Accession Number : AD0715248

Title :   The Murayama Test. Part I. Evidence for the Modified Murayama Hypothesis for the Molecular Mechanism of Sickling.

Descriptive Note : Progress rept.,

Corporate Author : ARMY MEDICAL RESEARCH LAB FORT KNOX KY

Personal Author(s) : Nalbandian,Robert M. ; Henry,Raymond L. ; Nichols,Bruce M. ; Camp,Frank R. , Jr. ; Wolf,Paul L.

Report Date : 17 SEP 1970

Pagination or Media Count : 24

Abstract : An analytical review of the literature yields considerable support for the recently modified Murayama hypothesis for the molecular mechanism of sickling in S hemoglobin. The Murayama concept implicates as essential to the sickling event in S hemoglobin specified hydrophobic bonds between interacting tetramers. Hydrophobic bonds have recently been recognized to be predominantly responsible for the steric configuration of proteins in aqueous systems. Furthermore, it is shown that the helical stability of proteins in aqueous systems is the result of counter-poised actions of hydrogen and hydrophobic bond strengths as a function of temperature. Application of this basic, general concept is made in the special case of the Murayama Test. Also, the molecular configuration of the S hemoglobin tetramer and its critical relationship to the formation of hydrophobic bonds between interacting tetramers is noted. The Murayama Test is shown to discriminate specifically for S hemoglobin on the basis of molecular structure and is presented as the first test for the detection of the specific molecular lesion of S hemoglobin. The details of the principle, technique, and experimental data of the Murayama Test are reported in Part II. (Author)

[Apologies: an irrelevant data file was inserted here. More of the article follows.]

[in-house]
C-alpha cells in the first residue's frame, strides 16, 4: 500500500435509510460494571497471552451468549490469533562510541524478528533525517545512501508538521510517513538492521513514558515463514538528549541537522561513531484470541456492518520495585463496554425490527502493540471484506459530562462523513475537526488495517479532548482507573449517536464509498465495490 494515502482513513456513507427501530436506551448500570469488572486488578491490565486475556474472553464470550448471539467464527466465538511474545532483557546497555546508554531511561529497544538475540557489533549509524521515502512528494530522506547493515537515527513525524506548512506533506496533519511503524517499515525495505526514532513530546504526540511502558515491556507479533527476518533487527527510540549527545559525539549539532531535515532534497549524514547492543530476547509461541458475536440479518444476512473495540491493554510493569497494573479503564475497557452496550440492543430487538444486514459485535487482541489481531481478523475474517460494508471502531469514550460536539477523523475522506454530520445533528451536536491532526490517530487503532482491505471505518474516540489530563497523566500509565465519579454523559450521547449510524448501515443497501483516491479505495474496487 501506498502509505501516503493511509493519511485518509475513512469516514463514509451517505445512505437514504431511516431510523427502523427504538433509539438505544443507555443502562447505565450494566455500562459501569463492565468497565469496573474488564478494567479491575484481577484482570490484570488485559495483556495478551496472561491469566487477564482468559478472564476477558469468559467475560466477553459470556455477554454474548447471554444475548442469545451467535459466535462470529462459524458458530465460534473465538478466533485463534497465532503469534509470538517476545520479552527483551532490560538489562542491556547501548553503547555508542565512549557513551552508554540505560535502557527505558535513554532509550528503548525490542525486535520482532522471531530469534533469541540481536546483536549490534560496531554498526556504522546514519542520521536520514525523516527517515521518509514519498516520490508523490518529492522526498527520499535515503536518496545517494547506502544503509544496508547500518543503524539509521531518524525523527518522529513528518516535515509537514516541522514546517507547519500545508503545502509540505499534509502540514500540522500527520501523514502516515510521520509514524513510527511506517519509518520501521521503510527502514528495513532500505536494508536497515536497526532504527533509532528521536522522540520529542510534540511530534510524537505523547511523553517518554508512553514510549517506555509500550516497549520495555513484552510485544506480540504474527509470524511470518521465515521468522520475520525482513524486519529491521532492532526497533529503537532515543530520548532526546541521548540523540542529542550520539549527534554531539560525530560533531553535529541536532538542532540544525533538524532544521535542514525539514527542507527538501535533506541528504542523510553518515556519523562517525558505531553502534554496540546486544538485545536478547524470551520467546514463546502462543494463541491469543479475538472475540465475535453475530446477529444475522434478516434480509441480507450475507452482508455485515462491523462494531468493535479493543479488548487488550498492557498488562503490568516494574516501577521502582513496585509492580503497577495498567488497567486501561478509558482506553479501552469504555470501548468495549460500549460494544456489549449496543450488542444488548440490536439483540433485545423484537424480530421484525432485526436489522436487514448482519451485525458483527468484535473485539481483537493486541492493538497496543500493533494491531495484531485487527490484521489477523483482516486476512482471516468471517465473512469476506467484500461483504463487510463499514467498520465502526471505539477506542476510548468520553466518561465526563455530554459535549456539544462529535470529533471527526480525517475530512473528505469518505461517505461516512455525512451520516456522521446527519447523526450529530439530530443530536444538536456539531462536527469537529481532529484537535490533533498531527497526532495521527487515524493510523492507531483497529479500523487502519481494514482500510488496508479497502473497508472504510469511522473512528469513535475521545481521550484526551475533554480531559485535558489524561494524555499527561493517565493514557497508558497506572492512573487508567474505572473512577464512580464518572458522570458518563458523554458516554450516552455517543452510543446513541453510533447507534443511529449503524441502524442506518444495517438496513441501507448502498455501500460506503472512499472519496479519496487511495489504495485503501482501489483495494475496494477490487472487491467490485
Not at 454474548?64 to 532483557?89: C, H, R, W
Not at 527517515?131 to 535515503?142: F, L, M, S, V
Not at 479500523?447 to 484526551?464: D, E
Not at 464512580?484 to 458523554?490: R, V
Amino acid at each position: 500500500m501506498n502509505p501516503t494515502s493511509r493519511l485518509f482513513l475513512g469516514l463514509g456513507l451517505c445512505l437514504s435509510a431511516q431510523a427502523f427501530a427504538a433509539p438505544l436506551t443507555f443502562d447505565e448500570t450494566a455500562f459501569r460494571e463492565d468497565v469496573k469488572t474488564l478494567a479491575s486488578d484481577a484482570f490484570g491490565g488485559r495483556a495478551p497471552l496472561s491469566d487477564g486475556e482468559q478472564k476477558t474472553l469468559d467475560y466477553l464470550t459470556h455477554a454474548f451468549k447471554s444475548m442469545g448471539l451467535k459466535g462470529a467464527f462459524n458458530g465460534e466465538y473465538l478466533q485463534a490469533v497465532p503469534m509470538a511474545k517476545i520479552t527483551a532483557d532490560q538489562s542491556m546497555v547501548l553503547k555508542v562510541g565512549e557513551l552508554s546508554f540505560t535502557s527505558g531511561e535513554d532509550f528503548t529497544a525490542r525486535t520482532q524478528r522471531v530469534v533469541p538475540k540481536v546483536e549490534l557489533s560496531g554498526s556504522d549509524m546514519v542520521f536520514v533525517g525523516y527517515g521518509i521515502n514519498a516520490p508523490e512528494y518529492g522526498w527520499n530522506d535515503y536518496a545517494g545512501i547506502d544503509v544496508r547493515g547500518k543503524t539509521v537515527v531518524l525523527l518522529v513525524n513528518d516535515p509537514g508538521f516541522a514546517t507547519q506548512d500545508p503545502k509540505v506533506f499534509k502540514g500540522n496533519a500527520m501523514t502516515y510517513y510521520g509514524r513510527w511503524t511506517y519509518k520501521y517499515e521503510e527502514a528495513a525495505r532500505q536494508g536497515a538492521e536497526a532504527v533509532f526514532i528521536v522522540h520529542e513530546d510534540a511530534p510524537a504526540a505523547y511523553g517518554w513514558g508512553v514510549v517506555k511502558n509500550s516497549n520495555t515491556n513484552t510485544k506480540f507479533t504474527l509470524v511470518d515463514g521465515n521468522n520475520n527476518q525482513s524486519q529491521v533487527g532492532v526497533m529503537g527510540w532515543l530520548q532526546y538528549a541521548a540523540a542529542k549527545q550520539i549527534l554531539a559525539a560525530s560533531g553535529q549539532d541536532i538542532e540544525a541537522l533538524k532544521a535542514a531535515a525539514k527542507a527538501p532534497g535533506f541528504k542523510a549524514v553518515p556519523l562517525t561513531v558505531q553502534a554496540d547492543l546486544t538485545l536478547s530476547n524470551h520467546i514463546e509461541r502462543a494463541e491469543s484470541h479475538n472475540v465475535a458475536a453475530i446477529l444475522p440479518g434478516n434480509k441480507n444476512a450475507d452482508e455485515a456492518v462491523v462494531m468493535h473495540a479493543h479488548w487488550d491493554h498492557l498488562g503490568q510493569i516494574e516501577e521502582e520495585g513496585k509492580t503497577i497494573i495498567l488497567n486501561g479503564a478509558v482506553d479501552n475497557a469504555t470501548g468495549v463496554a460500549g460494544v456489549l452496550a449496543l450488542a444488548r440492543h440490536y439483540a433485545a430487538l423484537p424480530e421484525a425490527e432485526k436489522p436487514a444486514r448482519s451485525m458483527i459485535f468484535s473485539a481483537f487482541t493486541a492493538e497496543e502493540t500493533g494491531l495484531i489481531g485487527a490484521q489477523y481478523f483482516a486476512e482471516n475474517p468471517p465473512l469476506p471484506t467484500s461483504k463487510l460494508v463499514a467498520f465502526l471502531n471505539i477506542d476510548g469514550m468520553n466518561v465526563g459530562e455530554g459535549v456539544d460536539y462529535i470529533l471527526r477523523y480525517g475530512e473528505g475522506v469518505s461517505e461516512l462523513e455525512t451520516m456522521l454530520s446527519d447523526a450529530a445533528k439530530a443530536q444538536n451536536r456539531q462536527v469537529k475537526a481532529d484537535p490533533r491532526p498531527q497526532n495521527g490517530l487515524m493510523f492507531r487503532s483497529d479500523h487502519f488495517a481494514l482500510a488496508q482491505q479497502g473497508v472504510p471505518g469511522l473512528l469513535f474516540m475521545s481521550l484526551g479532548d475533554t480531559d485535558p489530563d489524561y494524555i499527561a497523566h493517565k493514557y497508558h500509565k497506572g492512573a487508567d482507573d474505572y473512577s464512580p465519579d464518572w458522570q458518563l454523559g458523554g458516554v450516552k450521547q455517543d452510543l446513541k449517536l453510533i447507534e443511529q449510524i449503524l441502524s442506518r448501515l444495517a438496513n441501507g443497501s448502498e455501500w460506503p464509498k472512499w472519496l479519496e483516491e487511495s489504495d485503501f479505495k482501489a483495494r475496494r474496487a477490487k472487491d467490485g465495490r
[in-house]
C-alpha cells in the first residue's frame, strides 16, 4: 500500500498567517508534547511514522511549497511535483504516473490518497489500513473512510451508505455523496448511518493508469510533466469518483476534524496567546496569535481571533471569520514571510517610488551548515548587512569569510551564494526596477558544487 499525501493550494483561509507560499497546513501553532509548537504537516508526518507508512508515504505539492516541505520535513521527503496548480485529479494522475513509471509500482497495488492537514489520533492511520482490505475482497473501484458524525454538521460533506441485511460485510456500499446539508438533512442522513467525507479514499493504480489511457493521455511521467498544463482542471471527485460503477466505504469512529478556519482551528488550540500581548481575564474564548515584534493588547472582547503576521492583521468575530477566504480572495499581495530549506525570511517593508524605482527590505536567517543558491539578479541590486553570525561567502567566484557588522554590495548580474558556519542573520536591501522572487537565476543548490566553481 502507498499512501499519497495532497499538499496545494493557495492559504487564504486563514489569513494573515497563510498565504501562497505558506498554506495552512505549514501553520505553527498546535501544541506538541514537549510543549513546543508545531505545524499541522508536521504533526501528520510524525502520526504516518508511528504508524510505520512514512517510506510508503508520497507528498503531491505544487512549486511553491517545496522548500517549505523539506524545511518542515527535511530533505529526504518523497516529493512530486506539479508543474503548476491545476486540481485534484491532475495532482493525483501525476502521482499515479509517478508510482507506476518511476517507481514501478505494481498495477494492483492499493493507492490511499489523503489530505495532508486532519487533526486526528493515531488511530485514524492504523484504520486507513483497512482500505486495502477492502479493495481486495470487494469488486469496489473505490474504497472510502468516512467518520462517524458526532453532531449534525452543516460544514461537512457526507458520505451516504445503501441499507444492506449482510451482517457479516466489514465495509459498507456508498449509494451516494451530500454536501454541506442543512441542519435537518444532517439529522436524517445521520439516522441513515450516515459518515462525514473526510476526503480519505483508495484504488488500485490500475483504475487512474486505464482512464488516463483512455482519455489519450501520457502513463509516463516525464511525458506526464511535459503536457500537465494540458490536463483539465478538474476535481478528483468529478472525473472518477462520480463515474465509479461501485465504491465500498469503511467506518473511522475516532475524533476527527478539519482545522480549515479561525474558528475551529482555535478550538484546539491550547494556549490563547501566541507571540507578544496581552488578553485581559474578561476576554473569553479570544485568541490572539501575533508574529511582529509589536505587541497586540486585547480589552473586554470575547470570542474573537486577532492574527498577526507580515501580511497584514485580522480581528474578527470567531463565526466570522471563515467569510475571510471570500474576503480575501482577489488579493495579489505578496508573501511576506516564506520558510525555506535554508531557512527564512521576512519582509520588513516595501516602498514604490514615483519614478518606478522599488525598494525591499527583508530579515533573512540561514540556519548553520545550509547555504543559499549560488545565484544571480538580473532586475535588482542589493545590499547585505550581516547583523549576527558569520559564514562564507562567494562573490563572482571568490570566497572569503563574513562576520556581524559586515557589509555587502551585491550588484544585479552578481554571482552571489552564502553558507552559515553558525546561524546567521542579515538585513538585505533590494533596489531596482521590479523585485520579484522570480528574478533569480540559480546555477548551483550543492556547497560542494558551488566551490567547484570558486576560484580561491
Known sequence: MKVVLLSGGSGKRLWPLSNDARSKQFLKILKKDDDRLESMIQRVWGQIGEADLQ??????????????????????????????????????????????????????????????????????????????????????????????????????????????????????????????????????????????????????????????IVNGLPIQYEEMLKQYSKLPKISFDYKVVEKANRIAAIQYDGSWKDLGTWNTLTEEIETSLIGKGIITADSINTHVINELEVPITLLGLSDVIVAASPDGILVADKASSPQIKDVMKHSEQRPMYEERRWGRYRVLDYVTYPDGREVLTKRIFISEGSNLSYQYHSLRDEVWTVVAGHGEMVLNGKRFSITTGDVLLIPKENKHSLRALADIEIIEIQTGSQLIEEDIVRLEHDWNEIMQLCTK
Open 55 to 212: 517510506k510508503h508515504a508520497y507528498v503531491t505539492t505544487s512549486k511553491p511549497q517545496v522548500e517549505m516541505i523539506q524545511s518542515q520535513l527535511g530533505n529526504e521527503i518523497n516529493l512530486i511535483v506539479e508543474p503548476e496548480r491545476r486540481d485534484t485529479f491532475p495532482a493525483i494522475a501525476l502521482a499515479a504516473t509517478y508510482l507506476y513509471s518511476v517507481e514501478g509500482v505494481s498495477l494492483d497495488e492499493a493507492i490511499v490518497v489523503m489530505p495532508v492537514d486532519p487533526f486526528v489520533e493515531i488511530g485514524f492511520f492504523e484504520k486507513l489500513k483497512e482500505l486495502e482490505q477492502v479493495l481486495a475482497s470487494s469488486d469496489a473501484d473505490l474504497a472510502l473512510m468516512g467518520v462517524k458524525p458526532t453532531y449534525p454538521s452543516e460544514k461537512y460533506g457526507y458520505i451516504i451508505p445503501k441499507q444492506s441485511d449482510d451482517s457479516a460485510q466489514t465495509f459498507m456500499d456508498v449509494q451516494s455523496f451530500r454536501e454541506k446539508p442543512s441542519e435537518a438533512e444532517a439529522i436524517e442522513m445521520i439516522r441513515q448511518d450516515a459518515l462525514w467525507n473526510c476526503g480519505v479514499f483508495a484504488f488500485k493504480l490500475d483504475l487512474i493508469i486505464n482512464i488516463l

Descriptors :   (*ANEMIAS, HEMOGLOBIN), (*HEMOGLOBIN, MOLECULAR PROPERTIES), (*BLOOD DISEASES, BIOCHEMISTRY), MOLECULAR ASSOCIATION, PROTEINS, MOLECULAR STRUCTURE, CHEMICAL REACTIONS, PATHOLOGY, TEST METHODS, HEMATOLOGY, ERYTHROCYTES, CYTOLOGY

Subject Categories : Biochemistry
      Medicine and Medical Research

Distribution Statement : APPROVED FOR PUBLIC RELEASE